Life throws up some strange coincidences.
May 17 was my last working day at the Northern Advocate, almost 10 years to the day that I had started as editor on May 19, 2008.
Ten years is too long. A few years back I was writing an editorial that referenced CEOs, and was about to mention that ideally they should turnover every four years or so.
I'm not a CEO, but I paused long enough to realise that I had been in my role for five or six years, and the editor pot should therefore be careful about calling CEO kettle's black.
I've been lucky enough to work in a profession that changes constantly, from day to day, month to month, year to year. So things stay fresh to a point.
But it's time for a change.
In 2005 when I became an editor I asked an outgoing, retiring colleague what the strategy was for countering the internet and free news online.
He shrugged, laughed and said "that's your problem".
Thirteen years it remains a problem, actually it's more a challenge, mainly because as a business we have given away our main commodity free online for years.
Reading habits change, and more people are getting news online. So one day, if we want to charge people for reading online, we need to give them bang for their buck.
Which will mean adding more reader value - it has to. So watch that space - newspapers around the world are confronting this conundrum, not just us.
Thankfully, the newspaper you are reading is healthy and doing well - the medium of print is strong in Northland.
A big part of an editor's job is to keep readership strong across print and digital platforms, and the Advocate has consistently been in the top two newspapers in the country for readership and circulation results.
Funnily enough, the other paper that is in the Top 2 is the Hawke's Bay Today - where I am now.
Those results don't happen without a good team and the Northern Advocate's staff are passionate about their region and their newspaper. And it doesn't happen without loyal readers.
Newspapers also need to support their regions, campaign, and act as an advocate. Our staff often look for an opportunity to live up to the name of their paper's masthead.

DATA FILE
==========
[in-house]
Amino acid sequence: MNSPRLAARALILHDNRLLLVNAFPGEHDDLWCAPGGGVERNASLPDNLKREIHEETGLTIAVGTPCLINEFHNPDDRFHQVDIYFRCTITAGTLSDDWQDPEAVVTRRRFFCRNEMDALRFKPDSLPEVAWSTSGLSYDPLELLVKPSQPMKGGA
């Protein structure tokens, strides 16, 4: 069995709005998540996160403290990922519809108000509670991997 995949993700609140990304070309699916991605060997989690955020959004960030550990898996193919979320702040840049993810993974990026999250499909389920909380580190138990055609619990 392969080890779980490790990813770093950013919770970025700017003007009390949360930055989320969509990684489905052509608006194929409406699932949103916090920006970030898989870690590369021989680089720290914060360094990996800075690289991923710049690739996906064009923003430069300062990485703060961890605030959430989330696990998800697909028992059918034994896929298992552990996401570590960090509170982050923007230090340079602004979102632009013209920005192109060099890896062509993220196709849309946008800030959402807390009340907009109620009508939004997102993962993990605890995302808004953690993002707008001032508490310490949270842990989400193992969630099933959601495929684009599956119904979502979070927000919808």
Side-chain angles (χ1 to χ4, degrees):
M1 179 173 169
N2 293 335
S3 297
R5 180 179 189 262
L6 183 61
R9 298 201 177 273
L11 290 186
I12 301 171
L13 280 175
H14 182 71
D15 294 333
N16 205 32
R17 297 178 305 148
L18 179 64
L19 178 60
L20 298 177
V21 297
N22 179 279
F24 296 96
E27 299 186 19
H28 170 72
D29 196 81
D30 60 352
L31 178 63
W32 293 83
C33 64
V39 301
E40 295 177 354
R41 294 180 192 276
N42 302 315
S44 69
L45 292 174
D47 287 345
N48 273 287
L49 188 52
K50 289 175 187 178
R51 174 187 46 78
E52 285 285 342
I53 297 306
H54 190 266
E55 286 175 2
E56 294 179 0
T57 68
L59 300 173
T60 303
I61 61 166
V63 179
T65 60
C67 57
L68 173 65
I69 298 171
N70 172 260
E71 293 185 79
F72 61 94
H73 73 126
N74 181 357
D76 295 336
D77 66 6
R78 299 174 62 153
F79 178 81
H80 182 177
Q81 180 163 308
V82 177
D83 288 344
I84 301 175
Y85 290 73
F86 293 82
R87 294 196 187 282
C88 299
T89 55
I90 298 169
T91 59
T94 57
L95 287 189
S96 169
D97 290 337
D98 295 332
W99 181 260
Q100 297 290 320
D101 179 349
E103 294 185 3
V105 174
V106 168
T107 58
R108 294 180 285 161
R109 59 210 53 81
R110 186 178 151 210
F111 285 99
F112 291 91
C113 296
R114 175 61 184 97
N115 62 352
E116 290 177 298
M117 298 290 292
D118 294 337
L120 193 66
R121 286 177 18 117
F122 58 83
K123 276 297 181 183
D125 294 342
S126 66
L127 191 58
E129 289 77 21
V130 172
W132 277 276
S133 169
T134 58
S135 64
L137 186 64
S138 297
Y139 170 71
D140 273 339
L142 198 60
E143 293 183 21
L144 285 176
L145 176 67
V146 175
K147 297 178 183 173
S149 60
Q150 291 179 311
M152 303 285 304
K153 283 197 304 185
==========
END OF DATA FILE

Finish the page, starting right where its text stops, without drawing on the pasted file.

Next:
Whangārei Harbour is cleaner thanks to a conversation started by the Advocate.
Me actually, I'm proud of that and no one else is going to say well done, so bugger it - the journalist who picked up a newspaper ad and said "why the hell is the regional council giving the Whangarei District Council permission to dump more than 20,000 cu m of sewage in the harbour" was me.
(Don't worry - my trumpet is back in its case, well and truly blown.)
I'm proud of the paper's involvement in raising money for the Jim Carney Cancer Treatment centre in Whangārei. And yes, we lobbied for the Hundertwasser.
Because as a Northlander, myself and the Advocate's commercial manager Greg Alexander - who have both worked and lived in tourism towns - could see what a no-brainer it was as an economic driver for Whangārei.
And we watched in horror occasionally as the town nearly destroyed itself arguing about it. I look forward to walking down Walton St toward the Town Basin and seeing people milling around "the Hundertwasser".
So why leave? I had an opportunity emerge that I was lucky enough to take advantage of.
It wasn't an easy decision - we have friends and family in Northland, leaving is hard. But I'm not one for looking back and thinking "I should of ...".
Northland is a wonderful region and New Zealand is a beautiful country - and Hawke's Bay is my home for the foreseeable future.
Here's another coincidence, a family member got in touch after learning I was moving, to say that the Cooper family arrived in Napier when we emigrated from the UK. I had no idea.
Apparently we might have even owned a pub. No surprise there.
So in a way, I'm almost a local. My wife actually is - she was born in Dannevirke, and on my first visit to Hawke's Bay a few weeks back I bumped into people who knew her family. Small world.
Small country - which is why as a New Zealander I feel compelled to explore it. Especially after, like many young people, leaving it when I was in my early 20s for my OE.
Now, I want to see the country I left my town for, in the early 1990s.
I can't help but make one observation - I've lived in a few New Zealand regions now and Northland is lagging behind.
Other towns of similar size have surged ahead. No doubt they have medium to high employment, a healthy economy and functional local government supported by strong central government representation.
A self serving community fund that provides seed money for projects doesn't go stray either.
Neither does an iwi that is in the post-Treaty settlement phase.
As a Northlander, I have lamented why CBDs in our towns languish, why good ideas or propositions for towns or the region disappear into a black hole never to be seen again, and shaken my head at politicians who seemingly have no idea what their jobs are.
Too many on the take, and not the give, I heard someone once say.
That's changing though - Northland is in catch-up mode. We have central government funding boosting projects, and local government who can hopefully make the most of the opportunity.
People are moving to Northland because they see opportunity.
It's also the reason I'm leaving. But I'm looking forward to catching up with progress on my visits back home.